the endonuclease iv family of apurinic/apyrimidinic endonucleases

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    Mutation Research 705 (2010) 217227

    Contents lists available at ScienceDirect

    Mutation Research/Review

    journal homepage: www.e lse.eContents

    1. Introduction . . . . . . . . . . . . . . . . . . . . . . . . . . . . . . . . . . . . . . . . . . . . . . . . . . . . . . . . . . . . . . . . . . . . . . . . . . . . . . . . . . . . . . . . . . . . . . . . . . . . . 217

    2. Sources and biological consequences of AP sites . . . . . . . . . . . . . . . . . . . . . . . . . . . . . . . . . . . . . . . . . . . . . . . . . . . . . . . . . . . . . . . . . . . . . . . . 218

    3. Repair of AP sites . . . . . . . . . . . . . . . . . . . . . . . . . . . . . . . . . . . . . . . . . . . . . . . . . . . . . . . . . . . . . . . . . . . . . . . . . . . . . . . . . . . . . . . . . . . . . . . . . 218

    4. E. coli endonuclease IV. . . . . . . . . . . . . . . . . . . . . . . . . . . . . . . . . . . . . . . . . . . . . . . . . . . . . . . . . . . . . . . . . . . . . . . . . . . . . . . . . . . . . . . . . . . . . 219

    5. S. cerevisiae Apn1 . . . . . . . . . . . . . . . . . . . . . . . . . . . . . . . . . . . . . . . . . . . . . . . . . . . . . . . . . . . . . . . . . . . . . . . . . . . . . . . . . . . . . . . . . . . . . . . . . 222

    5.1. The role of Apn1 in mitochondrial BER . . . . . . . . . . . . . . . . . . . . . . . . . . . . . . . . . . . . . . . . . . . . . . . . . . . . . . . . . . . . . . . . . . . . . . . . . . 223

    6. S. pombe Apn1 . . . . . . . . . . . . . . . . . . . . . . . . . . . . . . . . . . . . . . . . . . . . . . . . . . . . . . . . . . . . . . . . . . . . . . . . . . . . . . . . . . . . . . . . . . . . . . . . . . . 223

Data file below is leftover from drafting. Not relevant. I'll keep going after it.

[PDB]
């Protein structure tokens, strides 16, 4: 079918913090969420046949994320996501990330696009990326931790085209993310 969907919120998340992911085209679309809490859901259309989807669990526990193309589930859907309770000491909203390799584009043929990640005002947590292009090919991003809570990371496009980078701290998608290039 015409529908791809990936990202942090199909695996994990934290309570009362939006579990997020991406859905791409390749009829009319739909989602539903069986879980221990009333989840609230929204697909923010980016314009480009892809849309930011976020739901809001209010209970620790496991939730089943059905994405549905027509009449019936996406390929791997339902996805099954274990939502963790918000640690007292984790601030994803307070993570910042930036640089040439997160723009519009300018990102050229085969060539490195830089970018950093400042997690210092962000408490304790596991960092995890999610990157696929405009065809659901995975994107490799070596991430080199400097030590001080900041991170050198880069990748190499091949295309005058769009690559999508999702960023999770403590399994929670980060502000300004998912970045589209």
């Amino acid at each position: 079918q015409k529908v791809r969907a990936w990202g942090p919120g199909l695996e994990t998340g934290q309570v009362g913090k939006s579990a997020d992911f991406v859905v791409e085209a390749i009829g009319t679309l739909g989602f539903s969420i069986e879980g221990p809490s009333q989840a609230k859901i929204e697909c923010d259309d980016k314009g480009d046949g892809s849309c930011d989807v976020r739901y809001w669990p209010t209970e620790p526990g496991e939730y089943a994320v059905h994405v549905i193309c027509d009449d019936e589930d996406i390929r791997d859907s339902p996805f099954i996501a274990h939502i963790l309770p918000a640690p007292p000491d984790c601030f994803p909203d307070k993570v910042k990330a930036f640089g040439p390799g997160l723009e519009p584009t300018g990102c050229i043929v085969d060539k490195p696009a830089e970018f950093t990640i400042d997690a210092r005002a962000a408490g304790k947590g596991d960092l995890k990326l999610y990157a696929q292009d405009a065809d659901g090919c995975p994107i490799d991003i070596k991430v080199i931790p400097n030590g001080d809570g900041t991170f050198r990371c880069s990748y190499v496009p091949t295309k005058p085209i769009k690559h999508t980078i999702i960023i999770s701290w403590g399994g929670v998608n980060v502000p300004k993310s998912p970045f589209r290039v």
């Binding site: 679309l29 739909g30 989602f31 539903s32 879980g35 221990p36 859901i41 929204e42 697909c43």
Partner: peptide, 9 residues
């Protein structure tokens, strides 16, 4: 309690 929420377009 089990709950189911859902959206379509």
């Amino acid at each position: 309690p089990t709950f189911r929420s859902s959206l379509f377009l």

7. C. elegans APN-1. . . . . . . . . . . . . . . . . . . . . . . . . . . . . . . . . . . . . . . . . . . . . . . . . . . . . . . . . . . . . . . . . . . . . . . . . . . . . . . . . . . . . . . . . . . . . . . . . . 224

    8. Conclusions and future directions. . . . . . . . . . . . . . . . . . . . . . . . . . . . . . . . . . . . . . . . . . . . . . . . . . . . . . . . . . . . . . . . . . . . . . . . . . . . . . . . . . . . 224

    Acknowledgements . . . . . . . . . . . . . . . . . . . . . . . . . . . . . . . . . . . . . . . . . . . . . . . . . . . . . . . . . . . . . . . . . . . . . . . . . . . . . . . . . . . . . . . . . . . . . . . 225

    References . . . . . . . . . . . . . . . . . . . . . . . . . . . . . . . . . . . . . . . . . . . . . . . . . . . . . . . . . . . . . . . . . . . . . . . . . . . . . . . . . . . . . . . . . . . . . . . . . . . . . . 225

    1. Introduction

    Genomic DNA is constantly damaged by a variety of endoge-nous and exogenous agents. Base damage is one of the mostcommon forms of DNA damage. Oxidation, alkylation anddeamination of bases can disrupt base pairing and promotemutagenesis by leading to misincorporation errors during DNAreplication. It is therefore critical for cells to recognize andfaithfully repair these lesions to avoid cancer and premature aging.All kingdoms of life possess apurinic/apyrimidinic (AP) endonu-cleases, which participate in processing base lesions at various